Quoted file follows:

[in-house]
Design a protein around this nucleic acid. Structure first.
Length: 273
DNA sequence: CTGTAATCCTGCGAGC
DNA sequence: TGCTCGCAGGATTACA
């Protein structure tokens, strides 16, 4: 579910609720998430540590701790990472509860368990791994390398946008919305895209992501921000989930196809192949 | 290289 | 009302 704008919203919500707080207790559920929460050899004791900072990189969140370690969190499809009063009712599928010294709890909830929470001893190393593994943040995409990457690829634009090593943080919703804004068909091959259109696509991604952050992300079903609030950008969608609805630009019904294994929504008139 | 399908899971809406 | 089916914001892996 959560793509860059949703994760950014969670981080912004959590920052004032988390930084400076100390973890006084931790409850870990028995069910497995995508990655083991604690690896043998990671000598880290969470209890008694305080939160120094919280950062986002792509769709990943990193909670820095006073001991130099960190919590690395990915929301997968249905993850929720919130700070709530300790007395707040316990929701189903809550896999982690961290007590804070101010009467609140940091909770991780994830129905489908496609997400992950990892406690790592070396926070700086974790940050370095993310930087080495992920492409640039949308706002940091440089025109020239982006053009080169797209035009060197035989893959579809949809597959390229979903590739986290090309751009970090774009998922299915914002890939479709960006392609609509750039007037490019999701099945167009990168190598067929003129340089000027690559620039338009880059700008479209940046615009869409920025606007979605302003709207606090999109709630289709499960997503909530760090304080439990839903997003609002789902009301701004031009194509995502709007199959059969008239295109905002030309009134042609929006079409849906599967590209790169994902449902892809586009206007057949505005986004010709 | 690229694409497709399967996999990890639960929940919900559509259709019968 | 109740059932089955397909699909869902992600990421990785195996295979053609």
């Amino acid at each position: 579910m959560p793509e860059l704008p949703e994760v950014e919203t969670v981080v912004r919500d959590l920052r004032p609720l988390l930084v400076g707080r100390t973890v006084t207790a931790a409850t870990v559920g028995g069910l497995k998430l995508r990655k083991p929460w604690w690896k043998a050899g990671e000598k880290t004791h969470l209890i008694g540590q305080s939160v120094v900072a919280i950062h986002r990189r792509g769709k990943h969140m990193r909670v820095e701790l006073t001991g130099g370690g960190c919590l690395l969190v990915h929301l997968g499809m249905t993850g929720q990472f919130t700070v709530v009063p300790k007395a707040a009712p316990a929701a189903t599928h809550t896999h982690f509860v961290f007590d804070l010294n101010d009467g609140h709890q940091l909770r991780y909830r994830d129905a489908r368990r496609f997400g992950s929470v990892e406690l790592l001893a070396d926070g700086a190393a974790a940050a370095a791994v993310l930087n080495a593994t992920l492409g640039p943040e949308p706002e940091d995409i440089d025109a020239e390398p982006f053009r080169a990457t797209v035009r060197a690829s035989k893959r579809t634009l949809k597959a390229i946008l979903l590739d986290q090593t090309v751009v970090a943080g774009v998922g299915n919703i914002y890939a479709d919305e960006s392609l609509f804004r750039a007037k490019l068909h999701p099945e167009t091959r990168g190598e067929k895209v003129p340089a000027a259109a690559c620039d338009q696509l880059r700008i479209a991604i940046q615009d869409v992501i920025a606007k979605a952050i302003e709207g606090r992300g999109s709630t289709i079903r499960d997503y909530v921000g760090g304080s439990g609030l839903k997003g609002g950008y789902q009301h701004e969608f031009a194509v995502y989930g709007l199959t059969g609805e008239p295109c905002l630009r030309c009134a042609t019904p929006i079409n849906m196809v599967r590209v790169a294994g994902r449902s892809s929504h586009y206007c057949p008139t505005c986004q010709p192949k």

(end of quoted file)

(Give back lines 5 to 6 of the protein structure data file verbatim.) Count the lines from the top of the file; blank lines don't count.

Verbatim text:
DNA sequence: TGCTCGCAGGATTACA
């Protein structure tokens, strides 16, 4: 579910609720998430540590701790990472509860368990791994390398946008919305895209992501921000989930196809192949 | 290289 | 009302 704008919203919500707080207790559920929460050899004791900072990189969140370690969190499809009063009712599928010294709890909830929470001893190393593994943040995409990457690829634009090593943080919703804004068909091959259109696509991604952050992300079903609030950008969608609805630009019904294994929504008139 | 399908899971809406 | 089916914001892996 959560793509860059949703994760950014969670981080912004959590920052004032988390930084400076100390973890006084931790409850870990028995069910497995995508990655083991604690690896043998990671000598880290969470209890008694305080939160120094919280950062986002792509769709990943990193909670820095006073001991130099960190919590690395990915929301997968249905993850929720919130700070709530300790007395707040316990929701189903809550896999982690961290007590804070101010009467609140940091909770991780994830129905489908496609997400992950990892406690790592070396926070700086974790940050370095993310930087080495992920492409640039949308706002940091440089025109020239982006053009080169797209035009060197035989893959579809949809597959390229979903590739986290090309751009970090774009998922299915914002890939479709960006392609609509750039007037490019999701099945167009990168190598067929003129340089000027690559620039338009880059700008479209940046615009869409920025606007979605302003709207606090999109709630289709499960997503909530760090304080439990839903997003609002789902009301701004031009194509995502709007199959059969008239295109905002030309009134042609929006079409849906599967590209790169994902449902892809586009206007057949505005986004010709 | 690229694409497709399967996999990890639960929940919900559509259709019968 | 109740059932089955397909699909869902992600990421990785195996295979053609």